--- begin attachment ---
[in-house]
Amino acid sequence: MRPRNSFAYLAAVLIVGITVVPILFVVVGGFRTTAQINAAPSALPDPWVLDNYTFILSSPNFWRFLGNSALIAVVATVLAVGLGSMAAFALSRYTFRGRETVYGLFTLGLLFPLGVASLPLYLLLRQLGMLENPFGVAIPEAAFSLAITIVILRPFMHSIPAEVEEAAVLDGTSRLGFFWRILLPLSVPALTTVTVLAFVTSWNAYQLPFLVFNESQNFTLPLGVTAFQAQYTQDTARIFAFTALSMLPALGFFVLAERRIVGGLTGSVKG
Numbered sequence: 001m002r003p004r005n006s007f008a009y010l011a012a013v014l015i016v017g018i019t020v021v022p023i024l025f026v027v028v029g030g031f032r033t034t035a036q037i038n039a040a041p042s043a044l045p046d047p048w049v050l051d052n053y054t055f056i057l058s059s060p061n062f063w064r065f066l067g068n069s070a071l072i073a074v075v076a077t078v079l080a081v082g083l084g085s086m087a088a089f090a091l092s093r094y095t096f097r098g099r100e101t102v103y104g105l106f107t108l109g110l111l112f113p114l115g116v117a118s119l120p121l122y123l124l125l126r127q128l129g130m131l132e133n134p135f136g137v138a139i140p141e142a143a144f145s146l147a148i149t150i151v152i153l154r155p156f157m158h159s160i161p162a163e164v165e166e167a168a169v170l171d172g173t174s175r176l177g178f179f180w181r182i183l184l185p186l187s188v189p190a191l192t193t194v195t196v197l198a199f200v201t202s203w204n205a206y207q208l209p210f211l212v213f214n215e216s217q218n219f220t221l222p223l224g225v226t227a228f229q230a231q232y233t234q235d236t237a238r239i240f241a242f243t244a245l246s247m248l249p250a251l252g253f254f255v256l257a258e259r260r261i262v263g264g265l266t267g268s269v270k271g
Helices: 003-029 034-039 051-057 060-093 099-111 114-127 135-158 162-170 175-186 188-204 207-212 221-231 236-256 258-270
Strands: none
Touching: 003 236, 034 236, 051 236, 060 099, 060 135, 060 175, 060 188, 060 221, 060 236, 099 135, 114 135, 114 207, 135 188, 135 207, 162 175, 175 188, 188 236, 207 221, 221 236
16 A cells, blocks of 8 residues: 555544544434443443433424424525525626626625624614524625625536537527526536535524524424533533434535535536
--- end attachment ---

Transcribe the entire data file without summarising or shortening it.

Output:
[in-house]
Amino acid sequence: MRPRNSFAYLAAVLIVGITVVPILFVVVGGFRTTAQINAAPSALPDPWVLDNYTFILSSPNFWRFLGNSALIAVVATVLAVGLGSMAAFALSRYTFRGRETVYGLFTLGLLFPLGVASLPLYLLLRQLGMLENPFGVAIPEAAFSLAITIVILRPFMHSIPAEVEEAAVLDGTSRLGFFWRILLPLSVPALTTVTVLAFVTSWNAYQLPFLVFNESQNFTLPLGVTAFQAQYTQDTARIFAFTALSMLPALGFFVLAERRIVGGLTGSVKG
Numbered sequence: 001m002r003p004r005n006s007f008a009y010l011a012a013v014l015i016v017g018i019t020v021v022p023i024l025f026v027v028v029g030g031f032r033t034t035a036q037i038n039a040a041p042s043a044l045p046d047p048w049v050l051d052n053y054t055f056i057l058s059s060p061n062f063w064r065f066l067g068n069s070a071l072i073a074v075v076a077t078v079l080a081v082g083l084g085s086m087a088a089f090a091l092s093r094y095t096f097r098g099r100e101t102v103y104g105l106f107t108l109g110l111l112f113p114l115g116v117a118s119l120p121l122y123l124l125l126r127q128l129g130m131l132e133n134p135f136g137v138a139i140p141e142a143a144f145s146l147a148i149t150i151v152i153l154r155p156f157m158h159s160i161p162a163e164v165e166e167a168a169v170l171d172g173t174s175r176l177g178f179f180w181r182i183l184l185p186l187s188v189p190a191l192t193t194v195t196v197l198a199f200v201t202s203w204n205a206y207q208l209p210f211l212v213f214n215e216s217q218n219f220t221l222p223l224g225v226t227a228f229q230a231q232y233t234q235d236t237a238r239i240f241a242f243t244a245l246s247m248l249p250a251l252g253f254f255v256l257a258e259r260r261i262v263g264g265l266t267g268s269v270k271g
Helices: 003-029 034-039 051-057 060-093 099-111 114-127 135-158 162-170 175-186 188-204 207-212 221-231 236-256 258-270
Strands: none
Touching: 003 236, 034 236, 051 236, 060 099, 060 135, 060 175, 060 188, 060 221, 060 236, 099 135, 114 135, 114 207, 135 188, 135 207, 162 175, 175 188, 188 236, 207 221, 221 236
16 A cells, blocks of 8 residues: 555544544434443443433424424525525626626625624614524625625536537527526536535524524424533533434535535536